Good fences, they say, make good neighbors. But when residents are in closer proximity, with a simple wall for separation, good pets are what really matter. Making sure your apartment dog or cat is quiet and well behaved can go a long way to creating friendly, peaceful relationships with the folks next door.
Here are some tips to help you be a great apartment-pet owner.
Make your pet comfortable. Pets are often creatures of habit, and moving can be unsettling. After you’ve pet-proofed the apartment, make sure your pet has a comfy bed, your cat has a climbing tree and there are plenty of toys to go around. Consider pheromone diffusers in the first weeks to help calm your pet.
Introduce your pet to neighbors. Make friends with those who share a wall or hallway with you. Make it clear that you want to be a good neighbor (and avoid tangles with the landlord) by providing your phone number and encouraging them to call you if they have any concerns about your pet.
Follow apartment rules. If your apartment has pet breed or weight restrictions, stay within them. Also follow any regulations about having pets in the common areas.
Be respectful of other tenants. No matter how adorable your pet is, some adults and children may be afraid of or allergic to them. Always keep your dog on a leash in the hallway and ask if it’s OK before entering the elevator with a dog. For the same reasons, don’t allow your cat to wander the hallways. Inside or outside, pick up pet feces immediately and dispose of them properly.
Keep training your dog. Dogs of any age can learn to be polite around neighbors. Teach your dog that sitting calmly is a better alternative than jumping up on people. Your dog should also be able to interact peacefully with other dogs in the building. Always ask before letting your dog approach another dog, in case the other pet is fearful or aggressive.
Exercise your pet. As the saying goes, a tired dog is a well-behaved dog. Help your dog “work out the wiggles” with daily walks or trips to the dog park. If you’re away for the day, hire a dog walker to stop by or consider a play date at doggy day care. You can even adorn your pet with an activity monitor so you can make sure they’re meeting their daily step quota.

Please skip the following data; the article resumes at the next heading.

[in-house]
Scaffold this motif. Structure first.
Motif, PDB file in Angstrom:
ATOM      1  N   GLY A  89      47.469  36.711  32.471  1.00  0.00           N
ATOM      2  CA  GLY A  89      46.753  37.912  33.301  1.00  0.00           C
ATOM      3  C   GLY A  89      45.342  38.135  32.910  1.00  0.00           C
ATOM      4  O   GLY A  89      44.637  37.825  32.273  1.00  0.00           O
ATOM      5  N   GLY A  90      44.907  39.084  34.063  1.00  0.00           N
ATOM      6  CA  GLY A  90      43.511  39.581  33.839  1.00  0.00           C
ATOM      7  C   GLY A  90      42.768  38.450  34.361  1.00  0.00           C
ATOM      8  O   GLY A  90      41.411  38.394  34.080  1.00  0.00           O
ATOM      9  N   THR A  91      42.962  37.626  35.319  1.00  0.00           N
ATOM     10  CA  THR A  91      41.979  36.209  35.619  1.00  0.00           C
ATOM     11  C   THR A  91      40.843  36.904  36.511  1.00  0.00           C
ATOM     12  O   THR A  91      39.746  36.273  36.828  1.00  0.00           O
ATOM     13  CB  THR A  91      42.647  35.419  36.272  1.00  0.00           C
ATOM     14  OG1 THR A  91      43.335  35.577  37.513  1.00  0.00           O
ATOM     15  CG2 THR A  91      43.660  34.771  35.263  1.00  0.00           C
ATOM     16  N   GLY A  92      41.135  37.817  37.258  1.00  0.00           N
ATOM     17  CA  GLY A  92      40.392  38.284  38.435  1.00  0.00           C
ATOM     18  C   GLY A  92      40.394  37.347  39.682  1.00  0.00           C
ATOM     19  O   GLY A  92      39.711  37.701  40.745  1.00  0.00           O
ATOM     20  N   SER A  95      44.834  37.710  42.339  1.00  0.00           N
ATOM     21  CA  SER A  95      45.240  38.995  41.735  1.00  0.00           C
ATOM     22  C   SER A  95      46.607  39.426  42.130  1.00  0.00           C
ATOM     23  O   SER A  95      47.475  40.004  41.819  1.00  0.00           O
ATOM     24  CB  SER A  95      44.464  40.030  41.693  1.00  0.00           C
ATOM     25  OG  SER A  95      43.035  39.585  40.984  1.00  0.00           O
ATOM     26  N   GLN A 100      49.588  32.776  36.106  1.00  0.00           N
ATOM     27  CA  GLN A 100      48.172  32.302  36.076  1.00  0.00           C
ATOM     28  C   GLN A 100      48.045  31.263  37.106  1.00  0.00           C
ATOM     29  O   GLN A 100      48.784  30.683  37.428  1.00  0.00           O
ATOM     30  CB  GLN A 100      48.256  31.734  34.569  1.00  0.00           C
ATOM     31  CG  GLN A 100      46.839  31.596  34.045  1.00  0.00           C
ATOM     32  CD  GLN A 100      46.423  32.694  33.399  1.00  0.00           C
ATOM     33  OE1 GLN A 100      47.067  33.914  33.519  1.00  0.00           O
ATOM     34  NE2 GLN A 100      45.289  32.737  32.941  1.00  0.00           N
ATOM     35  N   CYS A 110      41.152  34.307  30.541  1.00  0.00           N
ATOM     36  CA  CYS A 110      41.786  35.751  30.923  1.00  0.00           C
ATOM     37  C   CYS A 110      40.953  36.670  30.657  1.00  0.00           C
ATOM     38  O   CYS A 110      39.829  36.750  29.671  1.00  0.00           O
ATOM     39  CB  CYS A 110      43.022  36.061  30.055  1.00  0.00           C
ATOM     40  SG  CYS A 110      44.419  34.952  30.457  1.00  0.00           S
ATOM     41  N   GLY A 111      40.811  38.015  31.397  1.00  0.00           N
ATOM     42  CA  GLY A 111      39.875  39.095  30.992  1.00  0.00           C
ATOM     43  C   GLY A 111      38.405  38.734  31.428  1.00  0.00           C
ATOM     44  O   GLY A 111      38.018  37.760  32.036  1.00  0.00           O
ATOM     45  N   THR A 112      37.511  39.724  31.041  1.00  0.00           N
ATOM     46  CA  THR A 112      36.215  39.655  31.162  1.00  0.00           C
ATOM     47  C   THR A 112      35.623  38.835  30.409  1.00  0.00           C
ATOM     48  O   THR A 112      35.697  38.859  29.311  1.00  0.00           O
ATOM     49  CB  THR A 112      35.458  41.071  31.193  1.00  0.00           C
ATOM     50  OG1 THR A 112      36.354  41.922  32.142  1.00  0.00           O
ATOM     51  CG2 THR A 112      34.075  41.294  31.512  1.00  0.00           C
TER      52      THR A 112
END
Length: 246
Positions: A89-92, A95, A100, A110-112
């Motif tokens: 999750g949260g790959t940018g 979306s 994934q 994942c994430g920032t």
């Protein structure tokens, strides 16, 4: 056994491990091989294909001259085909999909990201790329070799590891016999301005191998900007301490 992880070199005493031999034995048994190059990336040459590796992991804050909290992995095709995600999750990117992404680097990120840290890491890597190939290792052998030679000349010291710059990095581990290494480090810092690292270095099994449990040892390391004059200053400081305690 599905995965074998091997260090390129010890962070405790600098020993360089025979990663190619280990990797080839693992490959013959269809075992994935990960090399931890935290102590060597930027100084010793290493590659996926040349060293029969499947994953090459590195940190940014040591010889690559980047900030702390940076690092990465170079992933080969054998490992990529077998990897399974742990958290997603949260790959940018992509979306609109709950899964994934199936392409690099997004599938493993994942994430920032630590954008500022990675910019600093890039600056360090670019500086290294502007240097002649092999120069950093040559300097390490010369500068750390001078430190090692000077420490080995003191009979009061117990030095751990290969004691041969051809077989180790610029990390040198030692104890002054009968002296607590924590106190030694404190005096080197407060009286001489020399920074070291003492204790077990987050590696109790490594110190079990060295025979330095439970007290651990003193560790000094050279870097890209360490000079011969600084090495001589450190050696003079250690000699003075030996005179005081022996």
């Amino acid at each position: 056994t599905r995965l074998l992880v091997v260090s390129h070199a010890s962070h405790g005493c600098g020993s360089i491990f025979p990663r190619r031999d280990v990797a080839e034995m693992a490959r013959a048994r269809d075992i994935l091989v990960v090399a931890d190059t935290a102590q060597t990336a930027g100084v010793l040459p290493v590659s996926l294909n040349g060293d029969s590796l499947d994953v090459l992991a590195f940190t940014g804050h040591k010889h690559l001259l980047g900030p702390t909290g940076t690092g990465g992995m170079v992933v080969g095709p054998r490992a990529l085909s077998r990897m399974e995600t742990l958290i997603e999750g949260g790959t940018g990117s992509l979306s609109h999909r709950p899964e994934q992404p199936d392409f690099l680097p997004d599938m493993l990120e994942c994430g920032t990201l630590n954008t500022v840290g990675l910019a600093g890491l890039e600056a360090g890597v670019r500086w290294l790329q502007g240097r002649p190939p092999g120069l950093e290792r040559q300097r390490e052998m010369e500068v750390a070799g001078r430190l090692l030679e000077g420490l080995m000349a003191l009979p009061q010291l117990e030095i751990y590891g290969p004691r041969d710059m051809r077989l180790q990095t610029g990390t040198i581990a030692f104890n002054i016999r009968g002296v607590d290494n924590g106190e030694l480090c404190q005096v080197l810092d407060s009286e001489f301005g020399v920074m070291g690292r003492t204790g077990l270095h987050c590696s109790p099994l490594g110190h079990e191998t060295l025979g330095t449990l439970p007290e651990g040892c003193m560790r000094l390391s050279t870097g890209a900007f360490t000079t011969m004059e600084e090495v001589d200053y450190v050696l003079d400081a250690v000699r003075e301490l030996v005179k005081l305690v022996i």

Keep ’em healthy. To protect your pet and others in the building, make sure yours is current on all vaccines. Same goes for parasite control: Talk to your veterinarian about how to protect your pet from gastrointestinal worms and heartworm, fleas and ticks. Spaying or neutering can also help reduce territorial marking, aggressive behaviors and feline yowling that lasts all day.
Banish barking. If you’re going to be away, keep boredom at bay with food puzzles and toys for your pet (just make sure none can be accidentally chewed up or swallowed). Pet cameras, such as the Furbo, can deliver a real-time barking alert to your phone. Some systems enable you to talk to your pet and even toss it a treat. If your pet is showing signs of separation anxiety, talk to your veterinarian about behavior modification and other possible treatments.
With a little effort, you can help everyone in your building love your pet, too.
The information in this blog has been developed with our veterinarian and is designed to help educate pet parents. If you have questions or concerns about your pet's health or nutrition, please talk with your veterinarian.